A second example of how God sends women into our lives to nurture us is the story told to me by a kind, handyman at our local house. He is so gracious, always does a good job, and bills us at a low cost. If one has a chance to talk to him, one would hear his sharing: “I just want to pay off to the Sisters for all they did for me. When I was a little boy, I was a slow learner and teachers did not want to teach me. School was hard for me, but Sister Sibyllina Mueller took me in and helped me to become who I am. I have never forgotten her.” He becomes a successful man because Sister Sibyllina went against the norm of the school to be a voice for this boy and was patient with him. I believe she did all of it because of her vows of obedience and celibacy to God, listening to the signs of time and responding to the needs around her without fear, but in love and compassion with the dignity of those whom she served. I feel a connection with this deceased sister and this man, helping me understand what Jesus said; “Whoever does God’s will is my brother and sister and mother.” (Mark 3:35)

Let’s look at another example of a woman who heard God’s call and seeks to make a difference in the life of her fellow sisters. This sister is in her 70s and has been influencing my life a lot. Every time I express my gratitude to her, she always replies, “You don’t need to do so. I too have had someone to help me. Now, I help you, then, in the future, you will help others, even more than how I have helped you.”  Later, at the wake of a sister in her 90s, this same sister, who has helped me, expressed her gratitude to this deceased sister for helping her become the person she is.  Hearing this sharing, I realized that blessings and life experiences were getting passed from one person to another across generations and cultures. These women besides my biological mother have taught me how to live out the Gospel message with love, confidence, vision and so much more. I thank God for this wonderful connection among women in my community of faith.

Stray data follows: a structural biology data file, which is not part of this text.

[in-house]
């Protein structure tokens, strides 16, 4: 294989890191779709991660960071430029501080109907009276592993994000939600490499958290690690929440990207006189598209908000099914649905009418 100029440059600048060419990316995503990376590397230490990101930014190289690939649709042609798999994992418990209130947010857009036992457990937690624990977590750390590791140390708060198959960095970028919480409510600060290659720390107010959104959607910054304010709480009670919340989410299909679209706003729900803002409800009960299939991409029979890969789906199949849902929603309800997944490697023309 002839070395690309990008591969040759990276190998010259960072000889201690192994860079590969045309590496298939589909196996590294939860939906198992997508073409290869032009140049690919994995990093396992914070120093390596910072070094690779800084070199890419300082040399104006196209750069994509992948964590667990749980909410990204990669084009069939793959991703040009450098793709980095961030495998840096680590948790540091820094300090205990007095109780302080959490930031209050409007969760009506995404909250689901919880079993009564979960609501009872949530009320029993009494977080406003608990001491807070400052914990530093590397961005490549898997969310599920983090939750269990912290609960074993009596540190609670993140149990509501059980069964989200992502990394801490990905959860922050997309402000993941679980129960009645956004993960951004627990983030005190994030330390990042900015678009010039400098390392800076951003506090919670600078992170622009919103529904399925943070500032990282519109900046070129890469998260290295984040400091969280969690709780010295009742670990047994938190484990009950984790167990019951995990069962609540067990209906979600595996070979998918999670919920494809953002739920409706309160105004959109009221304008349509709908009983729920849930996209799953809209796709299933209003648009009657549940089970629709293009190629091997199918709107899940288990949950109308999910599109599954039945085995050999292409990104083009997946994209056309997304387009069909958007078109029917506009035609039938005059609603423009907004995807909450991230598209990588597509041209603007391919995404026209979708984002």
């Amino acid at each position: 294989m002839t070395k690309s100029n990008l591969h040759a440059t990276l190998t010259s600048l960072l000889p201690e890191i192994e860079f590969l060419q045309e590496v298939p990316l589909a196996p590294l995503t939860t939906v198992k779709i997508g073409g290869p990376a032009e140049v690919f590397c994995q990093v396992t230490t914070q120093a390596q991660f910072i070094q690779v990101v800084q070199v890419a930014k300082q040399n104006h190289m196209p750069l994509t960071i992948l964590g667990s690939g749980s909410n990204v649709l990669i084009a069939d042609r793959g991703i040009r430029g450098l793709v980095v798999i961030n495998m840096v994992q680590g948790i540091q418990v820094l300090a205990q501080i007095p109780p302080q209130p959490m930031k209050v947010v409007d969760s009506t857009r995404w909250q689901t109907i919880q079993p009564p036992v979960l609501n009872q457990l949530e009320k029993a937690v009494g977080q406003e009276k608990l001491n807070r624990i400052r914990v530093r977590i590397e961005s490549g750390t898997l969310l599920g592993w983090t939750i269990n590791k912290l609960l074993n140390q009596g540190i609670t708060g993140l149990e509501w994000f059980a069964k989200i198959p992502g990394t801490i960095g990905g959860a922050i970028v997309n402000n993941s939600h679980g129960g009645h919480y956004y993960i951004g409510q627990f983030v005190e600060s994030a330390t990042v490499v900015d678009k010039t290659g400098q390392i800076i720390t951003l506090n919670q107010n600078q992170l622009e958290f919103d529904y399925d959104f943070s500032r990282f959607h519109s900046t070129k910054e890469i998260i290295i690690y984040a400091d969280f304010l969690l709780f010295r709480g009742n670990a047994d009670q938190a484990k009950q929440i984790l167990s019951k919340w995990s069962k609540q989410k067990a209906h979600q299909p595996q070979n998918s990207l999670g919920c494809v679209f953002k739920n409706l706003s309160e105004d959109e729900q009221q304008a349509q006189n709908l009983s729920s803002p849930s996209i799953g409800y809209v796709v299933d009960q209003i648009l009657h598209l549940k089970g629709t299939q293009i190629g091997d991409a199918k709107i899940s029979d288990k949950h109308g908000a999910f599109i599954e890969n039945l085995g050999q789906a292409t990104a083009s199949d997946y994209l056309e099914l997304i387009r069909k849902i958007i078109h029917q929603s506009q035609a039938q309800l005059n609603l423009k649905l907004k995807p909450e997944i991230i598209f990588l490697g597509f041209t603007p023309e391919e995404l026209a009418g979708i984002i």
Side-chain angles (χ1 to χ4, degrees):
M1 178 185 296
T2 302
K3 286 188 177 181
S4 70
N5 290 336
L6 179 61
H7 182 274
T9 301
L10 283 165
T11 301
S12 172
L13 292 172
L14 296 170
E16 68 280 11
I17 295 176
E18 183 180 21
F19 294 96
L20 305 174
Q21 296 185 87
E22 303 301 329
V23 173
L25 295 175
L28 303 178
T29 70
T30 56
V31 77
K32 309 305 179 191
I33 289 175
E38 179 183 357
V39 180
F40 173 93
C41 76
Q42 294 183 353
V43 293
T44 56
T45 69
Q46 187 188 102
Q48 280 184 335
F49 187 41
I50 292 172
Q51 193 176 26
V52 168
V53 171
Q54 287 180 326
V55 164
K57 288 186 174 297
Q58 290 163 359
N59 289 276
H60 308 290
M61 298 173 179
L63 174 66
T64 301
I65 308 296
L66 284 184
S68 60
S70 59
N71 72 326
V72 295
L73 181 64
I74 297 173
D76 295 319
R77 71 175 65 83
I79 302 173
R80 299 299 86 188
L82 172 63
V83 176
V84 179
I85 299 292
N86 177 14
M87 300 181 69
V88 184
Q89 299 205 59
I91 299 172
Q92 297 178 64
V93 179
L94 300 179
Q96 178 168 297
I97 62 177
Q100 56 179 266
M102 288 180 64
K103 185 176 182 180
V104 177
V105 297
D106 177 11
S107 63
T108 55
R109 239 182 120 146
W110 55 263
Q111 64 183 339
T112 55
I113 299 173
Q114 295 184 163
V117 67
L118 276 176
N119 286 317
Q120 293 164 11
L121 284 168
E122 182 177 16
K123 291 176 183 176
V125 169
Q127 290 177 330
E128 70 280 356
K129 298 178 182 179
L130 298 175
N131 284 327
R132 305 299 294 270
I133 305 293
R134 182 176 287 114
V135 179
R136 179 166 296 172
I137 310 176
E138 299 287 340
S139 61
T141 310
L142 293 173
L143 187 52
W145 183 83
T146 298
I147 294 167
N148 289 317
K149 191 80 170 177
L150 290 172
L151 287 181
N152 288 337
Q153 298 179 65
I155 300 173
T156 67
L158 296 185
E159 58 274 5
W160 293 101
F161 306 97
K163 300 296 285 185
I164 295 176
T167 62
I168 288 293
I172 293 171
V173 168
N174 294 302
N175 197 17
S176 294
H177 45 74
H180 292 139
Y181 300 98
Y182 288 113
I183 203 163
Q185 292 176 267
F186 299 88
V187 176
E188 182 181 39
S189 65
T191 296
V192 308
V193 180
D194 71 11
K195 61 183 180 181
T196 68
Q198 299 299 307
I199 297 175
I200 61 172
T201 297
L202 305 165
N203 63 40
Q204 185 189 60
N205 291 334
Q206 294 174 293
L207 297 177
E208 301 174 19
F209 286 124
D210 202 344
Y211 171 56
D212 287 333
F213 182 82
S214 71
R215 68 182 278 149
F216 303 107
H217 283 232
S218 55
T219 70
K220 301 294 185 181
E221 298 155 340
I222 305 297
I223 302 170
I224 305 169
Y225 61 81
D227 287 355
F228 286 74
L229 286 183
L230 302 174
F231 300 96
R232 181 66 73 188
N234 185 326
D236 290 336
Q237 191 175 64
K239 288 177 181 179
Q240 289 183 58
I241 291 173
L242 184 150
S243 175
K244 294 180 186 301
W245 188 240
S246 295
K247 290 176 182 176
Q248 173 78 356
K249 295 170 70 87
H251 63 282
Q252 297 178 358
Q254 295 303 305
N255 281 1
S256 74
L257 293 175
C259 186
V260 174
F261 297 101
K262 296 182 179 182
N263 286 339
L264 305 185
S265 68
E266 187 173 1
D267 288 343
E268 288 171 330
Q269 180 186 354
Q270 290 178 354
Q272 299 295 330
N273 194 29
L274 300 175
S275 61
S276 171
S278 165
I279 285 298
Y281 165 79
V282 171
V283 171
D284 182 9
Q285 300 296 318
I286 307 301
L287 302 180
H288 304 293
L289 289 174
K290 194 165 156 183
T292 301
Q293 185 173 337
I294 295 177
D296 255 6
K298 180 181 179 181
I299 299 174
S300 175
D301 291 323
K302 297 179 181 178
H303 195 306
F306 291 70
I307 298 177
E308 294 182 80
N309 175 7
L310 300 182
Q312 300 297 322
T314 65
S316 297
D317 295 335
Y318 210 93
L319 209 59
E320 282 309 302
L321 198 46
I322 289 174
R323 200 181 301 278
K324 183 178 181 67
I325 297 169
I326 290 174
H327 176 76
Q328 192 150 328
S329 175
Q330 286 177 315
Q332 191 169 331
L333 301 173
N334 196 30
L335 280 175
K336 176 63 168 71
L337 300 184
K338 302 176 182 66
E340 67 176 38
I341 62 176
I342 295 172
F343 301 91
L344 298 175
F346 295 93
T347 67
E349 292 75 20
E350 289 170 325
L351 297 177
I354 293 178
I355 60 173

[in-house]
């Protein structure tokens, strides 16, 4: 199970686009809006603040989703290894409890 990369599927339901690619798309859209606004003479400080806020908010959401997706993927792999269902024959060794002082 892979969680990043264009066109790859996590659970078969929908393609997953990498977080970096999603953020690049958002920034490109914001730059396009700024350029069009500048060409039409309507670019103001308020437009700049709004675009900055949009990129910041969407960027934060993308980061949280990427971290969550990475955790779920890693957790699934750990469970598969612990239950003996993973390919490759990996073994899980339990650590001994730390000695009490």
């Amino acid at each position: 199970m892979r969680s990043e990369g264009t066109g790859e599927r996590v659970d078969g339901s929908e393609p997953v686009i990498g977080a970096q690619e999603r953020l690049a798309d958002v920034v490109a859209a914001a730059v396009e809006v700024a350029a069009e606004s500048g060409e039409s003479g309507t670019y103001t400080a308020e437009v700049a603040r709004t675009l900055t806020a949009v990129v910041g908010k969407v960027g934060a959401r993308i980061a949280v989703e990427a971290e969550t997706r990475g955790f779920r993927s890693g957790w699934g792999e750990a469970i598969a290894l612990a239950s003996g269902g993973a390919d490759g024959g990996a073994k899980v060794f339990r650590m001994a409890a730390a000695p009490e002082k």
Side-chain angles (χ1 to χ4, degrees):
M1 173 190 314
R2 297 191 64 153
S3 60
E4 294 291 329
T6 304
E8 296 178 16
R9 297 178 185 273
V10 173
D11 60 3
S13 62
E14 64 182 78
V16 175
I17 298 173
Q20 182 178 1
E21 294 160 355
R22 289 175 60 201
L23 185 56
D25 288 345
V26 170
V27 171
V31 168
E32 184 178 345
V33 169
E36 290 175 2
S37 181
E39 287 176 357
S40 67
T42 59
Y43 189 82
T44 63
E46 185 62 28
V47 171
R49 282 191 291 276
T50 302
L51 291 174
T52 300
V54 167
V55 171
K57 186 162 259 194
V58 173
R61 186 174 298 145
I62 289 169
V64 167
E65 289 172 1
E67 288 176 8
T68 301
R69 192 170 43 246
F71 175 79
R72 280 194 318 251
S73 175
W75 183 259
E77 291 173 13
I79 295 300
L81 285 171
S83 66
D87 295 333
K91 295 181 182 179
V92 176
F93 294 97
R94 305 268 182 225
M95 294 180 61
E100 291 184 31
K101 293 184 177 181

A religious call is not a life where you give up your family. This life gives you an opportunity to reach out beyond your biological family to value the gifts God gives to you to love and be loved, to share and to receive, and more. If you feel called to live this life helping those around you or want to explore more about the life of sister in a faith community, contact us.


Posted in God Calling?, News